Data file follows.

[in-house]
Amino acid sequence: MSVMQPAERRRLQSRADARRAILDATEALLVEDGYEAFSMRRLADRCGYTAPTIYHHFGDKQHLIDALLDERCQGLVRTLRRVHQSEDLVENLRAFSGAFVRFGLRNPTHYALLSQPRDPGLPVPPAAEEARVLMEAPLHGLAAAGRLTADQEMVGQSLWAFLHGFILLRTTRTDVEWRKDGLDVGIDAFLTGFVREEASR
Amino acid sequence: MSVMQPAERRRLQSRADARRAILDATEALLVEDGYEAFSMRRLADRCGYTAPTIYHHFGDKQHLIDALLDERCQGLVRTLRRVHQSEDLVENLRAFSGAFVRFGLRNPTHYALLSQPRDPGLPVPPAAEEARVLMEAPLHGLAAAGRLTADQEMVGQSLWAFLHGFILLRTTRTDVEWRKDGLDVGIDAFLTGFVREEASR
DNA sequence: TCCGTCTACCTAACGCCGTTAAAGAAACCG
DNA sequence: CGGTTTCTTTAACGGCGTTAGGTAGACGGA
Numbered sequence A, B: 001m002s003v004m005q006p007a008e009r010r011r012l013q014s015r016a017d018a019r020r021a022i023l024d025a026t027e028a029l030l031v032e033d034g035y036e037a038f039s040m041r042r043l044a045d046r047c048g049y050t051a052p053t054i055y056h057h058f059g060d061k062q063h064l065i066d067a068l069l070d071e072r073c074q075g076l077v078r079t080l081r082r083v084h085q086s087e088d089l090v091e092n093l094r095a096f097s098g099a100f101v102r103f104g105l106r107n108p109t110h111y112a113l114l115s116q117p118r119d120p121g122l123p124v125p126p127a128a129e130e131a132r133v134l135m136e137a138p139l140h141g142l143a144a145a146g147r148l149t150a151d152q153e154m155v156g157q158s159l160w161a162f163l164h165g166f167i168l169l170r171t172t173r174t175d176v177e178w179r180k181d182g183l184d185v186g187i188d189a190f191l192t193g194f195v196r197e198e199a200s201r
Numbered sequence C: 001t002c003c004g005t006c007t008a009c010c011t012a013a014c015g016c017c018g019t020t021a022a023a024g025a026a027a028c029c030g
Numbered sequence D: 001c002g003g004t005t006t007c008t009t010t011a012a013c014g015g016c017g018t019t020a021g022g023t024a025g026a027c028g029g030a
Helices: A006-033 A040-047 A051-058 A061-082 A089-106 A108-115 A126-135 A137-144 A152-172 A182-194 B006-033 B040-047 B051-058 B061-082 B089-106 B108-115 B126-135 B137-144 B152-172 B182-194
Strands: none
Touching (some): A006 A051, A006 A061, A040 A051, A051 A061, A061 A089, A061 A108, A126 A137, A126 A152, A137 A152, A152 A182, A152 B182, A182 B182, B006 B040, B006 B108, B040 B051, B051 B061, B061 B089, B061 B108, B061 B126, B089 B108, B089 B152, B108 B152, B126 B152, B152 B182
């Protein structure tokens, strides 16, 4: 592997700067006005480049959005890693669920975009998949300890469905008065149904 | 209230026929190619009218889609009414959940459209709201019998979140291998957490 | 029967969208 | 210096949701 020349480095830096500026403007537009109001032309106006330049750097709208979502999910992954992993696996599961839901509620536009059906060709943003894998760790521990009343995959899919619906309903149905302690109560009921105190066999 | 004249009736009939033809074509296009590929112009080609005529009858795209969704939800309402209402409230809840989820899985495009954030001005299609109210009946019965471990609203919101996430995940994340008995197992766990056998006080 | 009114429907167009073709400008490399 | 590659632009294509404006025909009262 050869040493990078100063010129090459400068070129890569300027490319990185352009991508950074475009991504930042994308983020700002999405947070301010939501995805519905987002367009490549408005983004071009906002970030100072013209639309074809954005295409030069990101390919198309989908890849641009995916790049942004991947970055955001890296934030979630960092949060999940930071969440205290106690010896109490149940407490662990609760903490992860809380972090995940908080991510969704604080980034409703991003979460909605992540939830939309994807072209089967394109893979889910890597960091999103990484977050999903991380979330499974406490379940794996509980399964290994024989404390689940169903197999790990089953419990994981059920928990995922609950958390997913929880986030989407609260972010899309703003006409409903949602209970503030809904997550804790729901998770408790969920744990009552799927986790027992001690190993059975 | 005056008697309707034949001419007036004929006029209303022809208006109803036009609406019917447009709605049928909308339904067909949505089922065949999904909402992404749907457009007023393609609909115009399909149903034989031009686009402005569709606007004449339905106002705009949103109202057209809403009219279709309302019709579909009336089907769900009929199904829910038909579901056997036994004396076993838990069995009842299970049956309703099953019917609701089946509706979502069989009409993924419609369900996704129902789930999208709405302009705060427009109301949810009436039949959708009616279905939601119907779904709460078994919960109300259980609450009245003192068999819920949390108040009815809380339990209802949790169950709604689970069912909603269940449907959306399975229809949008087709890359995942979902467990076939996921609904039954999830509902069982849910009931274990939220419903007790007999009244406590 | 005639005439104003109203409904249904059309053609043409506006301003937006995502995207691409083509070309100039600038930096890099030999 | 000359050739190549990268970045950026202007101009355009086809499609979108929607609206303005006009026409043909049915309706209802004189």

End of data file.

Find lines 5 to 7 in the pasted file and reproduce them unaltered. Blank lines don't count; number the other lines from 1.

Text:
DNA sequence: CGGTTTCTTTAACGGCGTTAGGTAGACGGA
Numbered sequence A, B: 001m002s003v004m005q006p007a008e009r010r011r012l013q014s015r016a017d018a019r020r021a022i023l024d025a026t027e028a029l030l031v032e033d034g035y036e037a038f039s040m041r042r043l044a045d046r047c048g049y050t051a052p053t054i055y056h057h058f059g060d061k062q063h064l065i066d067a068l069l070d071e072r073c074q075g076l077v078r079t080l081r082r083v084h085q086s087e088d089l090v091e092n093l094r095a096f097s098g099a100f101v102r103f104g105l106r107n108p109t110h111y112a113l114l115s116q117p118r119d120p121g122l123p124v125p126p127a128a129e130e131a132r133v134l135m136e137a138p139l140h141g142l143a144a145a146g147r148l149t150a151d152q153e154m155v156g157q158s159l160w161a162f163l164h165g166f167i168l169l170r171t172t173r174t175d176v177e178w179r180k181d182g183l184d185v186g187i188d189a190f191l192t193g194f195v196r197e198e199a200s201r
Numbered sequence C: 001t002c003c004g005t006c007t008a009c010c011t012a013a014c015g016c017c018g019t020t021a022a023a024g025a026a027a028c029c030g